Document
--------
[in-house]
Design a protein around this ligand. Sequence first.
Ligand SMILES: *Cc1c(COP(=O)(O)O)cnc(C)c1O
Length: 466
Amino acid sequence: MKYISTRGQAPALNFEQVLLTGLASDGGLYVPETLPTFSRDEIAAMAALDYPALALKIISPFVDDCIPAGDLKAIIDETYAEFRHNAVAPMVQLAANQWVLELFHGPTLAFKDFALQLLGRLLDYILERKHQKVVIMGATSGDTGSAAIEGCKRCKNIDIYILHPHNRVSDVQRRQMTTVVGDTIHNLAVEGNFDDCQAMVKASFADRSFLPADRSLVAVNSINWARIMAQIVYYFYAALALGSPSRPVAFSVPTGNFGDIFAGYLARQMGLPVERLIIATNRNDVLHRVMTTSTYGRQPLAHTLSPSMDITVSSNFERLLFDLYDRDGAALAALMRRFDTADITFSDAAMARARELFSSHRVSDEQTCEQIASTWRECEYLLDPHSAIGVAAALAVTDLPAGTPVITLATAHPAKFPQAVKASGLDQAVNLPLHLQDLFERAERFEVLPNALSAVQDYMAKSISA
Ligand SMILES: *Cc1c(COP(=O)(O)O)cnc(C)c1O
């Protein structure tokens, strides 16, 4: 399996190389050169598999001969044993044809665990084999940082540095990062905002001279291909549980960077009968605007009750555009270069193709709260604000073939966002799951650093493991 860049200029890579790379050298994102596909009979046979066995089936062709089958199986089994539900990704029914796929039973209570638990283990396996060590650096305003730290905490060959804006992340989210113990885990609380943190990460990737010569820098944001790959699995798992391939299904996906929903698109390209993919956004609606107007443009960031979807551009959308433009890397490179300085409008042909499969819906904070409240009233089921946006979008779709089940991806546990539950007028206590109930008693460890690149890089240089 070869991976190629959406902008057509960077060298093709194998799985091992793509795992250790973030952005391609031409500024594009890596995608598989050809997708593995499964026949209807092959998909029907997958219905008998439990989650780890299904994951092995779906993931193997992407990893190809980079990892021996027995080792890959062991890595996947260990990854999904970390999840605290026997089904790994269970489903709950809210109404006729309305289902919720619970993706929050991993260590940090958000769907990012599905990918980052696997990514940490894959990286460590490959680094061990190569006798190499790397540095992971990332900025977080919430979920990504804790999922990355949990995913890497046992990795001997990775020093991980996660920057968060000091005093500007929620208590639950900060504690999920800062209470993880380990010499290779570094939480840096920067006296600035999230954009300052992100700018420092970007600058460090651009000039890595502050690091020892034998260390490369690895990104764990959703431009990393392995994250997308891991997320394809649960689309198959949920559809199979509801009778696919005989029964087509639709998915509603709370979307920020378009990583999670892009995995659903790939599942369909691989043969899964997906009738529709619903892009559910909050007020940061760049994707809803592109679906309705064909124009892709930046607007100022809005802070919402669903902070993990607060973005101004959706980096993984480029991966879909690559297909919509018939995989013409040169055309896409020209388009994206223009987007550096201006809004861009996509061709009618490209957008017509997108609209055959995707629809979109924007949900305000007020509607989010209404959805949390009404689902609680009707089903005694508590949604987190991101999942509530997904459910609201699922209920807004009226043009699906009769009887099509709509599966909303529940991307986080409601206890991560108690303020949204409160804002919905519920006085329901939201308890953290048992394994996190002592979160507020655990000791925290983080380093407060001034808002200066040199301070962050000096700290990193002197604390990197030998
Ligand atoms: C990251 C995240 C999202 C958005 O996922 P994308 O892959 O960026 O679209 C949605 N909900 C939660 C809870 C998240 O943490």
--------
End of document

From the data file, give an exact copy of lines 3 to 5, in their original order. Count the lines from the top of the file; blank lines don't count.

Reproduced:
Ligand SMILES: *Cc1c(COP(=O)(O)O)cnc(C)c1O
Length: 466
Amino acid sequence: MKYISTRGQAPALNFEQVLLTGLASDGGLYVPETLPTFSRDEIAAMAALDYPALALKIISPFVDDCIPAGDLKAIIDETYAEFRHNAVAPMVQLAANQWVLELFHGPTLAFKDFALQLLGRLLDYILERKHQKVVIMGATSGDTGSAAIEGCKRCKNIDIYILHPHNRVSDVQRRQMTTVVGDTIHNLAVEGNFDDCQAMVKASFADRSFLPADRSLVAVNSINWARIMAQIVYYFYAALALGSPSRPVAFSVPTGNFGDIFAGYLARQMGLPVERLIIATNRNDVLHRVMTTSTYGRQPLAHTLSPSMDITVSSNFERLLFDLYDRDGAALAALMRRFDTADITFSDAAMARARELFSSHRVSDEQTCEQIASTWRECEYLLDPHSAIGVAAALAVTDLPAGTPVITLATAHPAKFPQAVKASGLDQAVNLPLHLQDLFERAERFEVLPNALSAVQDYMAKSISA